In addition, for very complicated surgeries, hospitals hope to have equipment like CT scans and other imaging machines in the operating room. This not only saves time but lessens the risk of infection.
“Patients need not be closed up, taken out for imaging, see that you missed something and then bring them back to the operating room and open them up again,” Ms. Saba said.
Of all the imaging equipment, the only one generally unsuitable for the operating room is that needed for magnetic resonance imaging — commonly known as an M.R.I. — because of its size. As a result, Ms. Saba said, some hospitals essentially are stationing them adjacent to an operating room in case an M.R.I. is needed. A separate space has an added efficiency benefit, because the equipment can be used for nonsurgical patients as well.
Ceilings are not overlooked. Freeing up valuable floor space, monitors are often affixed to ceiling-mounted booms, which can have several arms and may also serve as a conduit for gases needed for anesthesia. Ultraviolet cleaning systems, which eliminate bacteria and viruses, can be anchored in the ceilings, to assist with disinfection. And the space above the ceiling is often larger to house a range of cables and other electronic equipment, in addition to ductwork with sophisticated air filtration systems.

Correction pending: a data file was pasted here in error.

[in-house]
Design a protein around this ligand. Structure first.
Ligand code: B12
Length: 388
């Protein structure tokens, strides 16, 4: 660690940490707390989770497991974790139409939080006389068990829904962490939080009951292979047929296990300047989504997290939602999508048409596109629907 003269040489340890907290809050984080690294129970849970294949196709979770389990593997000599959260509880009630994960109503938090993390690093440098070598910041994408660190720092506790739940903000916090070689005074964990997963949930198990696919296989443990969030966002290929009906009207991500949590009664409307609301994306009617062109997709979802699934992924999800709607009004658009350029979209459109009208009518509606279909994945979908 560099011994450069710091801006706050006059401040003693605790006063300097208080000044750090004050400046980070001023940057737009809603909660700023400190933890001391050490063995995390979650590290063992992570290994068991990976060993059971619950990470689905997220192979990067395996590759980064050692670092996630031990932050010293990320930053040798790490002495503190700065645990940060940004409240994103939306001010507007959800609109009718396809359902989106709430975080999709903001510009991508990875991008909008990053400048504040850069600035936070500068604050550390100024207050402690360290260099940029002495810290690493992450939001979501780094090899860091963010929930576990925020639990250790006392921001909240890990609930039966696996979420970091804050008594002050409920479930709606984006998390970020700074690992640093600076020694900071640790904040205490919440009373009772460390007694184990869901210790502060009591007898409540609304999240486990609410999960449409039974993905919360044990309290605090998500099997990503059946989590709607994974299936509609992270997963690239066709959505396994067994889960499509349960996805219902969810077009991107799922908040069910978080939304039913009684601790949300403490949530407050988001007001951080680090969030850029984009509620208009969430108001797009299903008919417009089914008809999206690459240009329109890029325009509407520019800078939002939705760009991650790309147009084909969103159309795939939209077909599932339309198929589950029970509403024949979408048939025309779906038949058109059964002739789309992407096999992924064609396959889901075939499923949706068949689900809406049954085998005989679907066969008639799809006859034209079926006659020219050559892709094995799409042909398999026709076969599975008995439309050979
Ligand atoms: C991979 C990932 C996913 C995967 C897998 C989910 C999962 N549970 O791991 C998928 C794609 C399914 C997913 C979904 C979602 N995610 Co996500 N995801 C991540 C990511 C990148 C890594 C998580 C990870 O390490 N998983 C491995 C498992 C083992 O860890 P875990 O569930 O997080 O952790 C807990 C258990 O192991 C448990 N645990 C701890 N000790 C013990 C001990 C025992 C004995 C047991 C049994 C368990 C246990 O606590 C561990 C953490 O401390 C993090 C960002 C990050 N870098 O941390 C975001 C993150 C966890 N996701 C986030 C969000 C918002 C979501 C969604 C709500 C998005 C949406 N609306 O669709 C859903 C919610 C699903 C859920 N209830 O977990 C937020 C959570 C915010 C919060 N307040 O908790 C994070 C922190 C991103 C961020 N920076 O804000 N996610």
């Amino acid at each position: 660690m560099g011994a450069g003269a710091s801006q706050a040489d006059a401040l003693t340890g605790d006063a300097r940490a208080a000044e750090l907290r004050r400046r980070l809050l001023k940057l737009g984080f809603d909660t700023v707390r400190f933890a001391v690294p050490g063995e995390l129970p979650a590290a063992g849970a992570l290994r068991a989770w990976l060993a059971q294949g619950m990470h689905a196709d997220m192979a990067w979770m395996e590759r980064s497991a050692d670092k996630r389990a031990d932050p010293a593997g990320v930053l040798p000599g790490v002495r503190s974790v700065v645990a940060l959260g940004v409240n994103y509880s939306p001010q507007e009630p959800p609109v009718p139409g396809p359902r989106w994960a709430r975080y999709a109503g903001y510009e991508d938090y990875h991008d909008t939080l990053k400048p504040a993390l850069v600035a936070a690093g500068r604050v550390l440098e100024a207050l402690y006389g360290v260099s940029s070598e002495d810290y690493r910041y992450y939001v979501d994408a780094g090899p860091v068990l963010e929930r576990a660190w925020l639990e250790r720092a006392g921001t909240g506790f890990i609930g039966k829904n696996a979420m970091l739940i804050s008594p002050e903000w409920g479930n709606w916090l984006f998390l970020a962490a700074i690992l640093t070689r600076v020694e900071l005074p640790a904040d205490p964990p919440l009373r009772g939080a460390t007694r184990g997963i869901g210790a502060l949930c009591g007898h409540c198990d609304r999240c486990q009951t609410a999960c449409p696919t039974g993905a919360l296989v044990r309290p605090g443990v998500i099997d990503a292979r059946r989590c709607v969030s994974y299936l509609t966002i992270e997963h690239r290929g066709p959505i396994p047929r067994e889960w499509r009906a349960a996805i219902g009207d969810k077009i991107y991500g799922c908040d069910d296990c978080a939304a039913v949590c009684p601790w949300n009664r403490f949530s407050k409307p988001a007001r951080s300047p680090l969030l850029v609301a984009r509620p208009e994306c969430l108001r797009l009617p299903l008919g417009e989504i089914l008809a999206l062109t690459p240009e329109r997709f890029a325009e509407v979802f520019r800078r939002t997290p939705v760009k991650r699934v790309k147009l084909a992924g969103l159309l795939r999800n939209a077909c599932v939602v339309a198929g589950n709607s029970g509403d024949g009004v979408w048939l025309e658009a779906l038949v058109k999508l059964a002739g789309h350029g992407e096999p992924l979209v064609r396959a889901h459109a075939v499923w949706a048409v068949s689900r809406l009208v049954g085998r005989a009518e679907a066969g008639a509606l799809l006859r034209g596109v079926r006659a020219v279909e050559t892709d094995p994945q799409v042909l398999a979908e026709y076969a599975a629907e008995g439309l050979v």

Access to the space above the ceiling, as well as behind the walls, has become important, so that any technical problems can be investigated and remedied within hours, rather than shutting a room down for lengthy repairs. Some hospitals, for example, are now considering stainless steel prefabricated wall systems for their surgical suites because they are both easier to clean and easier to take out if the electronics hidden behind break, Ms. Saba said.